Biomimetics: A Molecular Perspective

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7 Scopus citations

Abstract

Biomimetics represents a young scientific discipline and is best described by the author as 'harnessing biology for creating useful devices and materials'. An interesting example of an inspiring biological phenomenon is represented on the book cover: the lamellae structures on the gecko's feet that allow it to cling to all types of surfaces. Millions of years of evolution have resulted in this superb feature and technology may advance tremendously by mimicking concepts such as this. As outlined in Chapter 1, this book has its focus on biomimetic molecular systems with a close link to nanotechnology. The book follows a bottom-up approach, as do many of the applications described, starting off by defining bio-inspired and bio-hybrid materials in Chapter 2. As artificial entities these may not only mimic biological structures, but also perform biological tasks and functions. In addition to a bottom-up engineering approach by the assembly of simple elements into hierarchical structures, entire organisms, such as viruses and bacteria, can be employed for the production of materials and device components. The following chapters focus on fascinating natural structures and phenomena and the achievements made in mimicking these. Chapter 3 demonstrates the development in biomimetic surfaces. Approaches herein are two-fold: bio-inspired materials and synthetic interfaces, in which the biological components confer useful properties, and also biological interfaces, in which artificial synthetic elements are designed to alter or enhance the biological properties. Chapter 4 describes the attempts to create artificial organs and tissues via tissue engineering, defined as the structural and functional reconstitution of tissues, in which cells, biomaterials, and biological signals are combined to fully mimic their physiological settings. Among the more innovative recent approaches is the development of tissue-on-chip systems, representing powerful tools for drug discovery and testing. Chapter 5 covers biomineralization, the concept in which organisms use biomolecules and biological substances to assemble inorganic structures. Synthetic templates for biomineralization have been developed that can generate biologically-induced inorganic patterns when combined with surface lithography technology. A new science at the interface of biology, chemistry, and materials science is introduced in Chapter 6 as synthetic biology, interpreted as the construction of biological systems, in which cells and even whole organisms are built from completely artificial components. This chapter, as well as Chapter 7 with its focus on artificial cells, reveals science-fiction being close to reality. Even the basic elements of nature, such as the oligonucleotides that reconstitute DNA, amino acids that reconstitute proteins, and other functional biomolecules can be synthetically mimicked and may form the basis for 'artificial life'. The developments toward artificial cells create an intense awareness of the intriguing and fascinating complexity of nature. Even though the basic elements of cells can be mimicked, the requisites such as self-maintenance, reproduction, and the ability to evolve over time, are still highly challenging from a synthetic point-of-view. The Chapters 8 and 9, describing advances in drug delivery technologies and DNA and RNA nanotechnology are considered redundant as many of the concepts discussed here have been touched on in the other chapters and consequently these chapters contain overlapping sections with the previous chapters. Chapter 10 summarizes the development of several artificial systems that mimic broader contours of fundamental biological phenomena. Among these are the development of catalytic antibodies, artificial photosynthesis, bio-inspired motors, artificial muscles, electronic noses, and biologically-inspired computers. The book is well-written, easy-to-read, and interesting to researchers of many disciplines, such as chemists, physicists, material scientists, bioengineers, and biologists. It contains numerous examples of interesting natural features that have inspired technology developments by prominent recognized research groups. Overall, this book is a delight to anyone with an interest in biological phenomena translated into technological concepts.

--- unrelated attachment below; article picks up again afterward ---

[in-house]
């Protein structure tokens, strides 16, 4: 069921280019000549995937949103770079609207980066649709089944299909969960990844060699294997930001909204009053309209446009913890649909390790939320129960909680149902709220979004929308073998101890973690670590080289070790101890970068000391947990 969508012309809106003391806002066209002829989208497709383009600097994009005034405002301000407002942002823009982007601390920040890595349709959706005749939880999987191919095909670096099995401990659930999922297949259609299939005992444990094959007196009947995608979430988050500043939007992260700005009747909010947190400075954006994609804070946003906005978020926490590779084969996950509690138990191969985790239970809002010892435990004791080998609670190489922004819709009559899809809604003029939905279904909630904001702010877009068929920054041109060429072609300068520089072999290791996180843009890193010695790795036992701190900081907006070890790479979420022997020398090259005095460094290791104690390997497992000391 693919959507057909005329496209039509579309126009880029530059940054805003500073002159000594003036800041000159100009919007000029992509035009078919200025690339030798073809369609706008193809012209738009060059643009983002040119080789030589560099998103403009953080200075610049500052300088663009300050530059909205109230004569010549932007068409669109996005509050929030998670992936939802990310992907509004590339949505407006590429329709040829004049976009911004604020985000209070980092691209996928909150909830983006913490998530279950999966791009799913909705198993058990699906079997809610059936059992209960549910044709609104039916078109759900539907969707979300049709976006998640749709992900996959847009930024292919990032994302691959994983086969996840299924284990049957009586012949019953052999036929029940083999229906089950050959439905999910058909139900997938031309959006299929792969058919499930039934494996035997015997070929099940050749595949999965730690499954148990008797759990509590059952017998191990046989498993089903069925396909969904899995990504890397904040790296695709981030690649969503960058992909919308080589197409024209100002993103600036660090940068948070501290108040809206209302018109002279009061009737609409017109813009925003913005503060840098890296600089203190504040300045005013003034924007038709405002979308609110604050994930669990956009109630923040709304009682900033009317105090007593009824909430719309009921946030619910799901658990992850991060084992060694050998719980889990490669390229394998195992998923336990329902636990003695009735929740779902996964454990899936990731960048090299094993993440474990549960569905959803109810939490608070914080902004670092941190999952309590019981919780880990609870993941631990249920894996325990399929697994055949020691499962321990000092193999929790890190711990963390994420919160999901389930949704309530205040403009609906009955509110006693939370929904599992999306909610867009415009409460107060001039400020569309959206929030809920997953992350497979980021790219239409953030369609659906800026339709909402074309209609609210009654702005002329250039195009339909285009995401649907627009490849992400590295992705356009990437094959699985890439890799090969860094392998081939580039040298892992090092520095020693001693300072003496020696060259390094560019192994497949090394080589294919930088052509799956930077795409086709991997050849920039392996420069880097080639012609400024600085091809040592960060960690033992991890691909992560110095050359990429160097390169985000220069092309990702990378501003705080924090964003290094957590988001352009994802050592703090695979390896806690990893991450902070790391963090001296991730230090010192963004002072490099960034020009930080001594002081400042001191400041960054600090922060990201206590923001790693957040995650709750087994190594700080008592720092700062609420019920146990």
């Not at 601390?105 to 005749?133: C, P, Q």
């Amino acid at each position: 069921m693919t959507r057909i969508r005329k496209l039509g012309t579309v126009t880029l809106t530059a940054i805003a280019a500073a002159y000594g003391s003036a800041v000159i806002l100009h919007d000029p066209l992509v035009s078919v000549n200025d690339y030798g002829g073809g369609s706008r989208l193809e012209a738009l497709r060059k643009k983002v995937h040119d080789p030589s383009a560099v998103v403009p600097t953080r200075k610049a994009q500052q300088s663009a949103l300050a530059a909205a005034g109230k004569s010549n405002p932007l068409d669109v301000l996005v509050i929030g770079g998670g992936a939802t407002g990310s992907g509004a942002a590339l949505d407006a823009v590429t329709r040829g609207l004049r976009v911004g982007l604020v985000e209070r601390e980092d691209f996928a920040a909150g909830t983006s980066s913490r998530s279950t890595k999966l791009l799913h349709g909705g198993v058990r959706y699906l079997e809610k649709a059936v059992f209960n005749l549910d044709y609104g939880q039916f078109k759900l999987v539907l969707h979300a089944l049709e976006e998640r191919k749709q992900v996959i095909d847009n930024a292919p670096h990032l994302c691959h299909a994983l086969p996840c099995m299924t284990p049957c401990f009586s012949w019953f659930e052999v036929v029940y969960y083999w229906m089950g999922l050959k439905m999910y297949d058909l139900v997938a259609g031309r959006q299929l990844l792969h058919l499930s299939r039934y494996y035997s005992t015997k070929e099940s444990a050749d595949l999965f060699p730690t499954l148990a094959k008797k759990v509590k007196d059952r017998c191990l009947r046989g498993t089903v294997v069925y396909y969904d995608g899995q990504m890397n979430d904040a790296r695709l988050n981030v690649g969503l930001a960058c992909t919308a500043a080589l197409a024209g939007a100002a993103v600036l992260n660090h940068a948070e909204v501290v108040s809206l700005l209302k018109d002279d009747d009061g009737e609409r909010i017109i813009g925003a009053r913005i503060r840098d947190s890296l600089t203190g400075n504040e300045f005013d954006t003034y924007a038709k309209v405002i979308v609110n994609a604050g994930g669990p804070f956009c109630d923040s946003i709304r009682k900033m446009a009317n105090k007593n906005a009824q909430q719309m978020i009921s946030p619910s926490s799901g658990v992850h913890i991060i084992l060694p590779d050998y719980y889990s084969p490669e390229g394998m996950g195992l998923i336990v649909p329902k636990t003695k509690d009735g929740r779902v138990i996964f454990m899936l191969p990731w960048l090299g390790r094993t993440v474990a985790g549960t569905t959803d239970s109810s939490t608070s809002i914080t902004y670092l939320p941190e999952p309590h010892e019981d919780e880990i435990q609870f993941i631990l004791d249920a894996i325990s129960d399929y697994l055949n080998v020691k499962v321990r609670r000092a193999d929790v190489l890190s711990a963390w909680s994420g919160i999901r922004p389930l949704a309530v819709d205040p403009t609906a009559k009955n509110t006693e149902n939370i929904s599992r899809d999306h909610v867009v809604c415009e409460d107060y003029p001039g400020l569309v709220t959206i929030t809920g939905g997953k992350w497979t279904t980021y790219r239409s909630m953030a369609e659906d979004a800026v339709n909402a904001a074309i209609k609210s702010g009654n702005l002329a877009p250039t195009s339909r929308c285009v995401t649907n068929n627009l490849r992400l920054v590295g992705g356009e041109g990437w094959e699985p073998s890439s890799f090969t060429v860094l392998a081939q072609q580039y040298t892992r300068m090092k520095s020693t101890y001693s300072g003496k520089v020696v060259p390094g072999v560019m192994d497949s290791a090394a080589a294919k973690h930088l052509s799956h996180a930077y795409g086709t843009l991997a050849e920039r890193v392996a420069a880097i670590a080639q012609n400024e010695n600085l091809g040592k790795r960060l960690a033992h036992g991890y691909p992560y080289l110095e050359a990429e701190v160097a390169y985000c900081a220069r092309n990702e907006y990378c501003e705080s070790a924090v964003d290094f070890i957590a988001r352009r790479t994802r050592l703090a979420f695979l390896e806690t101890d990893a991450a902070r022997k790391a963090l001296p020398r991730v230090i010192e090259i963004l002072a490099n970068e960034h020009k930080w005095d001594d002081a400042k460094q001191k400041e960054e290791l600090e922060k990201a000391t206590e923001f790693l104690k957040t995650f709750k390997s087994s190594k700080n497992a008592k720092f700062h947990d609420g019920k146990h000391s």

Original languageEnglish
Publisherde Gruyter
Number of pages252
ISBN (Electronic)9783110281194
ISBN (Print)9783110281170
DOIs
StatePublished - 26 Jun 2013

ASJC Scopus subject areas

  • General Engineering
  • General Materials Science
  • General Biochemistry, Genetics and Molecular Biology
  • General Physics and Astronomy
  • General Chemical Engineering

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